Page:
How magma behaves when it gets gassed up Geologist Ben Andrews taking video on the volcano Santa MarĂ­a in Guatemala. (Smithsonian photo/gnuckx, public domain)
How magma behaves when it gets gassed up
Lexile

Lava is the most famous hazard of volcanoes. It is featured in movies. It used to describe lamps, chocolate cakes and mobile phone cases. But lava is only part of the volcano story. Lava is what we call magma when it flows out of a volcano. Magma is molten - or melted - rock. You would not want to stand in lava. It can be as hot as 2,000 Fahrenheit. At a walking pace you could outrun the majority of lava flows. So, what’s so hazardous about a volcanic eruption?

Sometimes magma does not flow out of a volcano. Instead, it explodes. When that exploding mixture of hot gas, magma, and rock comes out, it is fast and unpredictable. 

In an explosive eruption, pieces of hardening magma and rock are spewed upward. They form a hot plume of gas. They range from the tiny particles that make up volcanic ash to chunks the size of cars. As the plume blows downwind, it drops materials like a hail storm. It litters the landscape with volcanic rocks. A pyroclastic flow of hot gases carrying the heavier material may pick up speed as it sweeps down from the volcano. As the flow mixes with the surrounding air, lighter ash may get lofted up in a cloud. It can travel as far as thousands of miles. 

The bigger chunks are an immediate hazard to people and wildlife around the volcano. But the cloud of ash takes a long-term toll that can be devastating. The 1980 eruption of Mount St. Helens in Washington state produced a pyroclastic flow that scoured the landscape at speeds up to 600 miles per hour. It lofted ash that settled on 11 states over the next few days.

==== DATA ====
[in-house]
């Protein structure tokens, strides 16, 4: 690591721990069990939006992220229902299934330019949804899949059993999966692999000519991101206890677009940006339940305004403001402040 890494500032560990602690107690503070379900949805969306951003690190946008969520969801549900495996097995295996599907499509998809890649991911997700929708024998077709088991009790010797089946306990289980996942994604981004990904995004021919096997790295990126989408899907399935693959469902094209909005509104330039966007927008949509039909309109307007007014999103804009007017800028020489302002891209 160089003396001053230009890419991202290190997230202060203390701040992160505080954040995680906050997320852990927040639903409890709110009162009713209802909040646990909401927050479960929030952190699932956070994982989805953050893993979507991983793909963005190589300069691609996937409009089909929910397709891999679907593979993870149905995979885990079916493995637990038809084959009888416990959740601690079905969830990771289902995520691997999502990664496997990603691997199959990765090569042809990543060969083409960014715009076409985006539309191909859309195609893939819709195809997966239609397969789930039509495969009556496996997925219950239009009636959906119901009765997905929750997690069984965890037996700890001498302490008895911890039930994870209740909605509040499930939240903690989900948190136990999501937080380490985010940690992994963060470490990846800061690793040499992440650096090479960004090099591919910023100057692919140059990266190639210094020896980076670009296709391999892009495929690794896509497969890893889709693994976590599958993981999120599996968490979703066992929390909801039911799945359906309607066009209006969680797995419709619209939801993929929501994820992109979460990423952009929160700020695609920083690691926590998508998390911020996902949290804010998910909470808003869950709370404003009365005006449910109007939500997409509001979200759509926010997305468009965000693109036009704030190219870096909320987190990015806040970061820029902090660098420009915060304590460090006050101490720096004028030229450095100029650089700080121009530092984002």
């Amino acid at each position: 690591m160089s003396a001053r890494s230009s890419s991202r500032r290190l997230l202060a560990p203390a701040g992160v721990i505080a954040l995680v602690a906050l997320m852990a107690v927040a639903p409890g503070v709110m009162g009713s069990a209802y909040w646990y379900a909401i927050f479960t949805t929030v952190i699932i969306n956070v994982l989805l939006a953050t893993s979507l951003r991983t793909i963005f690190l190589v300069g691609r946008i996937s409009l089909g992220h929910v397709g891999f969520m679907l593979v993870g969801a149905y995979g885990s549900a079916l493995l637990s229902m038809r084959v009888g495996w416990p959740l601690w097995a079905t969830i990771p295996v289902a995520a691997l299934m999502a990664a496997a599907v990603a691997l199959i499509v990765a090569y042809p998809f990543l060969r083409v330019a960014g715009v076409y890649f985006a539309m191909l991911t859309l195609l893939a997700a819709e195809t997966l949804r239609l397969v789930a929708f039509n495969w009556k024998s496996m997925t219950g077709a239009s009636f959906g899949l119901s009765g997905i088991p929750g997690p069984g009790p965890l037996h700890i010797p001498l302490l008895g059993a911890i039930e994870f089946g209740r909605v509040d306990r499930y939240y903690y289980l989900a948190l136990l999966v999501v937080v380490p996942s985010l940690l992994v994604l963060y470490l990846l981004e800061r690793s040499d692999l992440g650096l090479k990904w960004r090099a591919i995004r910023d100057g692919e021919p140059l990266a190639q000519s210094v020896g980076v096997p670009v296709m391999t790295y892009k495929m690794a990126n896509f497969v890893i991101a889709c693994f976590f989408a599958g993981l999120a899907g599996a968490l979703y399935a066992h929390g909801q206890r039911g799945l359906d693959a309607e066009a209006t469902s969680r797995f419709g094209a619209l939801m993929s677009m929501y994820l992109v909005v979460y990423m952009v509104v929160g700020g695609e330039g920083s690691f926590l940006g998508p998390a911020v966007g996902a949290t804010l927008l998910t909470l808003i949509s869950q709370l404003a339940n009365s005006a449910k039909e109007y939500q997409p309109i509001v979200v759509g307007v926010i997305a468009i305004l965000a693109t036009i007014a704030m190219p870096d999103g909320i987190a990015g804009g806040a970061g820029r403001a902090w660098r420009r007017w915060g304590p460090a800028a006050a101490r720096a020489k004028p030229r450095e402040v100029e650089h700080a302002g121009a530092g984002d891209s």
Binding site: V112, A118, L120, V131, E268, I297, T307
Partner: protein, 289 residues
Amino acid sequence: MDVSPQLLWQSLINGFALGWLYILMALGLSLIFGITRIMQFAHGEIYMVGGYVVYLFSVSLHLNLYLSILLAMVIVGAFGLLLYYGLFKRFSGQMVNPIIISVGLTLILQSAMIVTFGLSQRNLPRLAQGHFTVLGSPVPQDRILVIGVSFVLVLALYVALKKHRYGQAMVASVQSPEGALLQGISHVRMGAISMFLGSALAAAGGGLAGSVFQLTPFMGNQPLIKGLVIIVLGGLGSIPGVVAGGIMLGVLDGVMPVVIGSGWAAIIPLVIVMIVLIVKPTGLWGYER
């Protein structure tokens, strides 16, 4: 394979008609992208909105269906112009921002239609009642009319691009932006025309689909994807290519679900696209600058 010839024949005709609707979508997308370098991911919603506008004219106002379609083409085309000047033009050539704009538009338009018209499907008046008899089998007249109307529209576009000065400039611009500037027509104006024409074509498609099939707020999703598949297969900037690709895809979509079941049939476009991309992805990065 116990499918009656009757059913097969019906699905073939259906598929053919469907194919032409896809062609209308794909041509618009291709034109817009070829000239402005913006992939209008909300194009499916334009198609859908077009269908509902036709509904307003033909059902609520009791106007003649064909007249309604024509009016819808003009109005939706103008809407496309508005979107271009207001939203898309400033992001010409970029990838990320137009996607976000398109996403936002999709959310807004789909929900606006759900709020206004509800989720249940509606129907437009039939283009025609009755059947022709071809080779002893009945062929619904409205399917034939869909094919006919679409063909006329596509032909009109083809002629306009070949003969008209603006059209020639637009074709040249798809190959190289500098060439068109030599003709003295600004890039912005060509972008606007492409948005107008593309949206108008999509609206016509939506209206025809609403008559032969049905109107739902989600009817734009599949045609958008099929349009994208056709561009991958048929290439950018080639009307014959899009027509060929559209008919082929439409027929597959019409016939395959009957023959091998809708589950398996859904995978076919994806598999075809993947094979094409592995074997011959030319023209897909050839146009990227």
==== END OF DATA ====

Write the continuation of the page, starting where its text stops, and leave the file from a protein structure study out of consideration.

The 2010 eruption of Iceland’s Eyjafjallajökull volcano sparked electrical storms. It had an ash plume more than 5 miles high, spreading over Europe and grounding airline travel for days. 

Geologists who study volcanoes - volcanologists - are trying to better understand the behavior of these pyroclastic currents. Given the danger of capturing data directly from an explosive eruption, volcanologists such as Smithsonian’s Dr. Ben Andrews have found ways to capture data from a distance and simulate flows in laboratories. Ben’s Eruption Simulator uses laser beams and talcum powder to observe how erupted materials get distributed upward and outward in different scenarios.  

Learn more about Ben’s volcano research in the "Smithsonian Science How" webcast on Thursday, Dec. 14, 2017. Watch How Volcanic Eruptions Send Materials Up and Out, airing at 11 a.m. and 2 p.m. EST on the Q?rius website. Ben will take you on an explosive journey while answering your questions live. You can also get teaching resources to use with the webcast.

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CRITICAL THINKING QUESTION
What is magma?
Write your answers in the comments section below


COMMENTS (47)
  • GemmaV-del
    11/28/2017 - 04:05 p.m.